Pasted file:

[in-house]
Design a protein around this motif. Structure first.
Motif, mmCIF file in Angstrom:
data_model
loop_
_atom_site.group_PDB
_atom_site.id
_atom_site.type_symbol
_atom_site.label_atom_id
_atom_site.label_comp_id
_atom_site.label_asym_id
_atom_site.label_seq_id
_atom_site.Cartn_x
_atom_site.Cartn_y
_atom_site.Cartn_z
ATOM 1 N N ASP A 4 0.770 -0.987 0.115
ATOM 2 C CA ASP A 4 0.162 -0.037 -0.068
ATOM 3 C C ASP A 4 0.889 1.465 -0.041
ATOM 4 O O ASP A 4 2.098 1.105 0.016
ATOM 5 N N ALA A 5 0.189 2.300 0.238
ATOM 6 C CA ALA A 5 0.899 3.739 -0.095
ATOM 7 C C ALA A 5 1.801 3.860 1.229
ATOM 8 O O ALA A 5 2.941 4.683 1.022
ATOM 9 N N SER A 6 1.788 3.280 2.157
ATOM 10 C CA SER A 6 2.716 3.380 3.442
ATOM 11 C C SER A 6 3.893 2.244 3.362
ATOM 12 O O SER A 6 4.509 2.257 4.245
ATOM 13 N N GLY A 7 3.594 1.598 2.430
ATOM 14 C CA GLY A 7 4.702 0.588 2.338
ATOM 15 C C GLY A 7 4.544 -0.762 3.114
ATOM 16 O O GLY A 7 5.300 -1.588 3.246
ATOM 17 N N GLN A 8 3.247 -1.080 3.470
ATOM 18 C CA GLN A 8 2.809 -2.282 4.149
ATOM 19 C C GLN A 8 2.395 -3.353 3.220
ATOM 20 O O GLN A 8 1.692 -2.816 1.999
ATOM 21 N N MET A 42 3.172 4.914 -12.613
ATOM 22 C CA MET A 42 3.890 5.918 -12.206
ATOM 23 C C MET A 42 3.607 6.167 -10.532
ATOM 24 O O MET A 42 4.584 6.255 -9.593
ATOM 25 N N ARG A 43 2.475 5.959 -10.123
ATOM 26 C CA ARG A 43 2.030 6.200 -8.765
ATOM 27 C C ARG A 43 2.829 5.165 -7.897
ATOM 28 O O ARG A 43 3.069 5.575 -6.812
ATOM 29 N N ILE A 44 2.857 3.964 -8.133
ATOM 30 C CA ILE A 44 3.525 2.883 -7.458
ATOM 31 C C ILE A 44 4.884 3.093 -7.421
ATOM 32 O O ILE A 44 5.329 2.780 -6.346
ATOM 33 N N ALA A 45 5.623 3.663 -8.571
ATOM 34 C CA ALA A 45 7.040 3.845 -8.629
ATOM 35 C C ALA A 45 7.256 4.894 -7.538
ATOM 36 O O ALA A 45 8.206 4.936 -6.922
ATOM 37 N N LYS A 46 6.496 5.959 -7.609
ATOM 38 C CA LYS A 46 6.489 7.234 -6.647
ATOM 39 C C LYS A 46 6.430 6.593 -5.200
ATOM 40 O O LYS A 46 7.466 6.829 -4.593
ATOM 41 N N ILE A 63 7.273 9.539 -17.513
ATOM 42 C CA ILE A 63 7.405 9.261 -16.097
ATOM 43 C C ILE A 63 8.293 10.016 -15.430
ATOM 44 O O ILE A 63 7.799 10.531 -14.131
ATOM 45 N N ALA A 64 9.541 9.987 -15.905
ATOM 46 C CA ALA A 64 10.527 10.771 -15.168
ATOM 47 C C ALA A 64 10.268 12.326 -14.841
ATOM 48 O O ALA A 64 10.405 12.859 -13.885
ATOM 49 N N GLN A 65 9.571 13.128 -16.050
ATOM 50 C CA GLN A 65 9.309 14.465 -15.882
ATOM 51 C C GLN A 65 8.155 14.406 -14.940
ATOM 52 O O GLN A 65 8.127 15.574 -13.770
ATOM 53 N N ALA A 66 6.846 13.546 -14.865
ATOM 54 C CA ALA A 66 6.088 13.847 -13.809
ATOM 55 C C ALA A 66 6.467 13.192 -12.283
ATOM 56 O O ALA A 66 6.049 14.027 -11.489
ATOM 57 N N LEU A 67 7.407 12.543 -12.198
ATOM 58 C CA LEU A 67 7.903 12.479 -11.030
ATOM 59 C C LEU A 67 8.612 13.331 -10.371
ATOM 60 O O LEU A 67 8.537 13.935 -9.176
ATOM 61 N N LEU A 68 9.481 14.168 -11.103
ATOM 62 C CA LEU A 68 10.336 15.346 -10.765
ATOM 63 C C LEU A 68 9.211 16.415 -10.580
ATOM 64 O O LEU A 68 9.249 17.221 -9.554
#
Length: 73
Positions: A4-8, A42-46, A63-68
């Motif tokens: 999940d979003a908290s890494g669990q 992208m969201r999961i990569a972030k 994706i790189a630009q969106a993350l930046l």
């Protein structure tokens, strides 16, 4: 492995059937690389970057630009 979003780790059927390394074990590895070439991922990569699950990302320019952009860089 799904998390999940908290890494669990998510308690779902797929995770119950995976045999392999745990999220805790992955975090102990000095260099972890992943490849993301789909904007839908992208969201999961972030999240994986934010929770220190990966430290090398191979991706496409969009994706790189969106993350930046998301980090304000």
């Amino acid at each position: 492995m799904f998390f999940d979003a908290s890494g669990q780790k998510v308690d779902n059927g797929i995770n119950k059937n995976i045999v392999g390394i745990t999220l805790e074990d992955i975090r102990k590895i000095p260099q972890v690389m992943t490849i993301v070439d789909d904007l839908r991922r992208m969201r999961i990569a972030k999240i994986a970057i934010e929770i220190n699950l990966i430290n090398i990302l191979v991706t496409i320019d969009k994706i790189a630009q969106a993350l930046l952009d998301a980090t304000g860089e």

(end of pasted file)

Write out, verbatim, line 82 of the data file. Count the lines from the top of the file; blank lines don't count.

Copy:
Positions: A4-8, A42-46, A63-68